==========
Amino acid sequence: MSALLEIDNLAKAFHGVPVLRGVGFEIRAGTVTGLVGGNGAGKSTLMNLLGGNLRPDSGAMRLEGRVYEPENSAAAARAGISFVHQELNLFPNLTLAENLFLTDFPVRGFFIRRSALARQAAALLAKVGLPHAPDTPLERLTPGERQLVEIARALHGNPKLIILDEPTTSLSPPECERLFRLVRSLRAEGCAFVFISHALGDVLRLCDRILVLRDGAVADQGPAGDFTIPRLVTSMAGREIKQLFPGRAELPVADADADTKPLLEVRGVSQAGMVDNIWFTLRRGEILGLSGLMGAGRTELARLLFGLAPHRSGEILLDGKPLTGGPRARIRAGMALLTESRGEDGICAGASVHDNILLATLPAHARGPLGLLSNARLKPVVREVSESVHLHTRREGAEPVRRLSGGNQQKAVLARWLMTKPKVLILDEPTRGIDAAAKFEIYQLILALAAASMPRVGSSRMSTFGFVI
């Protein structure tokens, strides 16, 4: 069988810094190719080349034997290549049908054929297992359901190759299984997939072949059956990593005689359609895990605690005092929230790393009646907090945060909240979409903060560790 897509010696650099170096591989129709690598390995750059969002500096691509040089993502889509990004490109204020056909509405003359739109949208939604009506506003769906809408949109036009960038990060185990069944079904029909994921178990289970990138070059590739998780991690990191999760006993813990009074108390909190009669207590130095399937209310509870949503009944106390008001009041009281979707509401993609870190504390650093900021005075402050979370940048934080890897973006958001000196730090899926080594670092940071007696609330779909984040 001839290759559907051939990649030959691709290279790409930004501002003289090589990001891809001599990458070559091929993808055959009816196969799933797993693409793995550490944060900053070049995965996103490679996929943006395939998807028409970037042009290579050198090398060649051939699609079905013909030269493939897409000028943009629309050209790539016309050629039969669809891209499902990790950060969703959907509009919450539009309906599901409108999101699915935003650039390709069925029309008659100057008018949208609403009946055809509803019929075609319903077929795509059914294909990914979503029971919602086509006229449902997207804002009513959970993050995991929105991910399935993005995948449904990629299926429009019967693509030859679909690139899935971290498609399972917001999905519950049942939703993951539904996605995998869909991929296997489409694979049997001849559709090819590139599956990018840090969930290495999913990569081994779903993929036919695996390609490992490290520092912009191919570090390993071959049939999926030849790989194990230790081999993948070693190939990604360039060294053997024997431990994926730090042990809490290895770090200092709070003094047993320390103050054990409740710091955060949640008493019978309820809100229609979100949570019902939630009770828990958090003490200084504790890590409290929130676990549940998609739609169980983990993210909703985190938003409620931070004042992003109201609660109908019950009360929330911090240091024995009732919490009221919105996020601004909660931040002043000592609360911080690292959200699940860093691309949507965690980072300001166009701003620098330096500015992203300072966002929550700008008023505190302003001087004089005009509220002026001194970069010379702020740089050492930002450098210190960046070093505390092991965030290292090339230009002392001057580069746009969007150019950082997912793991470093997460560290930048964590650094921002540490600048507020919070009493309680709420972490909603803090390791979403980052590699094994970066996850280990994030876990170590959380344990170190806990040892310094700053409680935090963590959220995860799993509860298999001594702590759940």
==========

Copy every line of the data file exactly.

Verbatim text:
Amino acid sequence: MSALLEIDNLAKAFHGVPVLRGVGFEIRAGTVTGLVGGNGAGKSTLMNLLGGNLRPDSGAMRLEGRVYEPENSAAAARAGISFVHQELNLFPNLTLAENLFLTDFPVRGFFIRRSALARQAAALLAKVGLPHAPDTPLERLTPGERQLVEIARALHGNPKLIILDEPTTSLSPPECERLFRLVRSLRAEGCAFVFISHALGDVLRLCDRILVLRDGAVADQGPAGDFTIPRLVTSMAGREIKQLFPGRAELPVADADADTKPLLEVRGVSQAGMVDNIWFTLRRGEILGLSGLMGAGRTELARLLFGLAPHRSGEILLDGKPLTGGPRARIRAGMALLTESRGEDGICAGASVHDNILLATLPAHARGPLGLLSNARLKPVVREVSESVHLHTRREGAEPVRRLSGGNQQKAVLARWLMTKPKVLILDEPTRGIDAAAKFEIYQLILALAAASMPRVGSSRMSTFGFVI
């Protein structure tokens, strides 16, 4: 069988810094190719080349034997290549049908054929297992359901190759299984997939072949059956990593005689359609895990605690005092929230790393009646907090945060909240979409903060560790 897509010696650099170096591989129709690598390995750059969002500096691509040089993502889509990004490109204020056909509405003359739109949208939604009506506003769906809408949109036009960038990060185990069944079904029909994921178990289970990138070059590739998780991690990191999760006993813990009074108390909190009669207590130095399937209310509870949503009944106390008001009041009281979707509401993609870190504390650093900021005075402050979370940048934080890897973006958001000196730090899926080594670092940071007696609330779909984040 001839290759559907051939990649030959691709290279790409930004501002003289090589990001891809001599990458070559091929993808055959009816196969799933797993693409793995550490944060900053070049995965996103490679996929943006395939998807028409970037042009290579050198090398060649051939699609079905013909030269493939897409000028943009629309050209790539016309050629039969669809891209499902990790950060969703959907509009919450539009309906599901409108999101699915935003650039390709069925029309008659100057008018949208609403009946055809509803019929075609319903077929795509059914294909990914979503029971919602086509006229449902997207804002009513959970993050995991929105991910399935993005995948449904990629299926429009019967693509030859679909690139899935971290498609399972917001999905519950049942939703993951539904996605995998869909991929296997489409694979049997001849559709090819590139599956990018840090969930290495999913990569081994779903993929036919695996390609490992490290520092912009191919570090390993071959049939999926030849790989194990230790081999993948070693190939990604360039060294053997024997431990994926730090042990809490290895770090200092709070003094047993320390103050054990409740710091955060949640008493019978309820809100229609979100949570019902939630009770828990958090003490200084504790890590409290929130676990549940998609739609169980983990993210909703985190938003409620931070004042992003109201609660109908019950009360929330911090240091024995009732919490009221919105996020601004909660931040002043000592609360911080690292959200699940860093691309949507965690980072300001166009701003620098330096500015992203300072966002929550700008008023505190302003001087004089005009509220002026001194970069010379702020740089050492930002450098210190960046070093505390092991965030290292090339230009002392001057580069746009969007150019950082997912793991470093997460560290930048964590650094921002540490600048507020919070009493309680709420972490909603803090390791979403980052590699094994970066996850280990994030876990170590959380344990170190806990040892310094700053409680935090963590959220995860799993509860298999001594702590759940």